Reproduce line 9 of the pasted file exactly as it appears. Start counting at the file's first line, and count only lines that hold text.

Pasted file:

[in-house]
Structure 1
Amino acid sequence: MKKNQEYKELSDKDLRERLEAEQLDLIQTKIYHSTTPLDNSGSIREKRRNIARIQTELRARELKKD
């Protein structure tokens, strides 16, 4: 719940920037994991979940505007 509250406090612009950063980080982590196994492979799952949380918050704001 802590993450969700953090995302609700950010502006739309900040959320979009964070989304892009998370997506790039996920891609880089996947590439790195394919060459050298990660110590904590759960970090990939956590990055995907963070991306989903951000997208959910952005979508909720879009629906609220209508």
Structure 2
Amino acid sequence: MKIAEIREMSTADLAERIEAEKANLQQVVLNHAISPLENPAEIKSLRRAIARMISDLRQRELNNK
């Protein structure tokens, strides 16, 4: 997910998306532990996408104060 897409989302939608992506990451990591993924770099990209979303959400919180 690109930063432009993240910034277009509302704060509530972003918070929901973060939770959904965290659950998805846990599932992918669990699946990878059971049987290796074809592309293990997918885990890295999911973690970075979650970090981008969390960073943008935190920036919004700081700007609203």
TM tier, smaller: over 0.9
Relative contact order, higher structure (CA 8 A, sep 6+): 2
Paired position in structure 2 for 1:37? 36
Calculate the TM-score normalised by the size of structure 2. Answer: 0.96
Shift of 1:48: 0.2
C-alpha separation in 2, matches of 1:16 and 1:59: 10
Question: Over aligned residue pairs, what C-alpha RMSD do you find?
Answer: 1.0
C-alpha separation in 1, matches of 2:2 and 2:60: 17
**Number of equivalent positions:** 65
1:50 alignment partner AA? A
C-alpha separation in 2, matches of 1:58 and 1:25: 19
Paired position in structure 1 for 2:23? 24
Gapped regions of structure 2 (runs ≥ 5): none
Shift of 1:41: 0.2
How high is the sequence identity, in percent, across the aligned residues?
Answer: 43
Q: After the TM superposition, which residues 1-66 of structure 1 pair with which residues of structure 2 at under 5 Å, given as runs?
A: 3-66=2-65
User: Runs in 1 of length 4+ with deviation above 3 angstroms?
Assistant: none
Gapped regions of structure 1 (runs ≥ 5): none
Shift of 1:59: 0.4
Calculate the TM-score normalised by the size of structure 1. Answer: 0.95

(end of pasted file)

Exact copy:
Relative contact order, higher structure (CA 8 A, sep 6+): 2